Vol 31 Issue 02

Results 1 to 10 of 12

Ridderbos – Ophoff – Kok

Our readers are aware of the fact that the Rev. B. Kok, in the Reformed Guardian and again in recent numbers of Concordia, has made much of the fact that our leaders now endorse, church-politically, the stand of Prof. Ridderbos and the Synodical Churches in re Art. 31 of our Church Order whereas they, in former years, vehemently repudiated their views, And that which has particularly borne the brunt of Kok’s attack is a series of three articles written by the Rev. Ophoff in which the latter condemns Ridderbos’ interpretation of Art. 31.

Report of Classis East

Held in the Edifice of the Fourth Church on October 6-7, 1954 Classis East met October 6 and 7 in the church basement of the Fourth Protestant Reformed Church. This Classis was, no doubt, not as historic as the Classis held in the same location just a year earlier; nor was this Classis as long in duration, although Classis met two days. Yet, it was an important Classis where significant decisions were taken affecting the well-being of our churches.

The Canons of Dordrecht, Part 2 – Exposition of the Canons, First Head of Doctrine, Of Divine Predestination, Article 13.

Article 13. The sense and certainty of this election afford to the children of God additional matter for daily humiliation before him, for adoring the depth of his mercies, for cleansing themselves, and rendering grateful returns of ardent love to him, who first manifested so great love towards them.

The Church and the Sacraments, Early Views on the Sacrament of the Lord’s Supper (continued). 1. The Idea of sacrifice (continued). 2. The Eucharist as a Sacrifice. 3. The Idea of the Sacrament.

The idea of sacrifice (continued). Of interest, in connection with this idea of sacrifice in connection with the celebration of the Lord’s Supper as prevalent in the early period of the Christian Church, is what we read in the History of the Christian Church by Philip Schaff whom, writing on the Eucharist as a Sacrifice, we quote as follows (Vol. II, 245 ff.) The Eucharist as a Sacrifice

An Open Letter to Kok

Rev. B. Kok: I am amazed that in spite of the constant charge that you quote articles out of context, you persist in doing that. The only conclusion to which I can come is that you deliberately trying to deceive people most of whom, to their shame, are not ambitious enough to check the entire article or series of articles. The last Concordia is one more example of this (Vol. 11, No. 14).

That Straw of “Initiating Discipline”

“A drowning man will grasp at a straw.” So the saying goes. And many of the things put forth as arguments to try to justify the awful schismatic action of those who left us is certainly nothing more than the grasping of straws by men who know that they are sinking under the deluge of facts and truth. We were reminded of this as we had the privilege to conduct church visitation in the churches of Classis East with Rev. G. Vos. Let us explain.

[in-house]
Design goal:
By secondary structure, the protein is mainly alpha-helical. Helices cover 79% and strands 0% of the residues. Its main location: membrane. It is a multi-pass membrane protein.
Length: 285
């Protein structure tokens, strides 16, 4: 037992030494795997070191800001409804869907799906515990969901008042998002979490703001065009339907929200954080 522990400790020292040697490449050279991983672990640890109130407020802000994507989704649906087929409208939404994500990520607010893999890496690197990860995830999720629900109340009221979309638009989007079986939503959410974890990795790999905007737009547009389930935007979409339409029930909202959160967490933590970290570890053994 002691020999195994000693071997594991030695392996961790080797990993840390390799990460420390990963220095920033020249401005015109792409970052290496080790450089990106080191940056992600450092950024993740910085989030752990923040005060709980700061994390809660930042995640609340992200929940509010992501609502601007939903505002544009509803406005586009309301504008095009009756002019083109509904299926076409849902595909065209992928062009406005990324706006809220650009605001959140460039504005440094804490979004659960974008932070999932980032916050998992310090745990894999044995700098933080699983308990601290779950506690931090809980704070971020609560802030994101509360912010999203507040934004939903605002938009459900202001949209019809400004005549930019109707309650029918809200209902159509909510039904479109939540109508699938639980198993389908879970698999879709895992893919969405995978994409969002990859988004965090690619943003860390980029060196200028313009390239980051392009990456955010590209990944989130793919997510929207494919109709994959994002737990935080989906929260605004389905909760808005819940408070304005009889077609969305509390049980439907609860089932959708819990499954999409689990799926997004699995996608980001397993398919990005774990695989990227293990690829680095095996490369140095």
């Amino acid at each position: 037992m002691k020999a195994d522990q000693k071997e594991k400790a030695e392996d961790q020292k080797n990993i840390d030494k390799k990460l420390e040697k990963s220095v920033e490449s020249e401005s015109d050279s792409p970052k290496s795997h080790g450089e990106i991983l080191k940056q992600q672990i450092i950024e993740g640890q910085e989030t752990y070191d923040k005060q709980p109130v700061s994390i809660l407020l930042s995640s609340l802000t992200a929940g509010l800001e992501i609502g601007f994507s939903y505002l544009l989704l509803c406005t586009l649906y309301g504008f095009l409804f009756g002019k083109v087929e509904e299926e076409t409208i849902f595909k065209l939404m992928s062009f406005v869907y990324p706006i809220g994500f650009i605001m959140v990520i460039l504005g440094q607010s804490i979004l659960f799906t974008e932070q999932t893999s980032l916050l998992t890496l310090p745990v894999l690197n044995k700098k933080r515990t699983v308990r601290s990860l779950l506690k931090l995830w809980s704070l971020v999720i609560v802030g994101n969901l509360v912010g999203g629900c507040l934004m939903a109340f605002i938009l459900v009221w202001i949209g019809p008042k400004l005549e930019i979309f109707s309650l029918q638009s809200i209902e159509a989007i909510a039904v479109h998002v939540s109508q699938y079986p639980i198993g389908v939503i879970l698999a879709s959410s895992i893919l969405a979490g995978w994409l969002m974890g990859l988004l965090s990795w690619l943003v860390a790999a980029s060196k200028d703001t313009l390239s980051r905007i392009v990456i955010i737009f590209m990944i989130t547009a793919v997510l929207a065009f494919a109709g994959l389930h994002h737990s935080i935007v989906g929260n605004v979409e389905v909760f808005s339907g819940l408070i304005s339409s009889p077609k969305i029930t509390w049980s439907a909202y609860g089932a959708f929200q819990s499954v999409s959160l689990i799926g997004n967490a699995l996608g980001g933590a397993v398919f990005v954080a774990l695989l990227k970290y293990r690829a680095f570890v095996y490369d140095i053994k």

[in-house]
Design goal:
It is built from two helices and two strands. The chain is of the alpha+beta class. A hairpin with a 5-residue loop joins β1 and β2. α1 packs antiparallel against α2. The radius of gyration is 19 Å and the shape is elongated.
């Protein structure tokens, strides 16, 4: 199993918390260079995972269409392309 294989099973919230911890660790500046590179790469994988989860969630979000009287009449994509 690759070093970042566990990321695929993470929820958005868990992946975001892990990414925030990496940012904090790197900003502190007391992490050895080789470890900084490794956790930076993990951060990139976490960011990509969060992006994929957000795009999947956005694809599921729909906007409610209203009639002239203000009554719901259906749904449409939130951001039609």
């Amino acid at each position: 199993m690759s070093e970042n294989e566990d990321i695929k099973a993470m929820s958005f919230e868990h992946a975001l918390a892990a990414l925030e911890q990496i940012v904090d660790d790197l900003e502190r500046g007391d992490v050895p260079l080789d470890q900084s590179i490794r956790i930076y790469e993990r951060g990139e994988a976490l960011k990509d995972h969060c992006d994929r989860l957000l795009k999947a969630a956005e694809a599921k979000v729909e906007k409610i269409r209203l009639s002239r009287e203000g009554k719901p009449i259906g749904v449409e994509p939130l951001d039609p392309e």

Exposition of Philippians 1:3-11 (continued)

Since Paul tells the church in Philippi of His great confidence that the beginner of the good work in them will surely perfect it even unto the day of Jesus Christ, and since this is the reason for his thanking God upon every remembrance of this church, and also the reason for admonishing them unto the perfection set before them in the life to come, it is incumbent upon us to show the great implication of the certainty of God’s work as stated here by Paul in verse 6.

The Prophecy of Isaiah

The prophet gives no definite answer to the question just when Hezekiah’s sickness took place, before or after Sennacherib’s overthrow. In the prophet’s piece Sennacherib’s overthrow precedes Hezekiah’s sickness. One may say that this proves that such was also the order of these events in point of time.

Part 3 – Of Thankfulness, Lord’s Day 42, Chapter 2: The Grace of Contentment (cont.), Lord’s Day 43, Chapter 1: The Principle of the Ninth Commandment

LORD’S DAY 42, Chapter 2: The Grace of Contentment (cont.) The Christian, the believer in Jesus Christ, considering himself as a steward of God, certainly is no waster. Nor can he be a miser. There is principally really no difference between a waster, or a spendthrift, and a miser. Although they may appear rather radically different, from a spiritual, ethical point of view they are principally the same, the waster and the miser.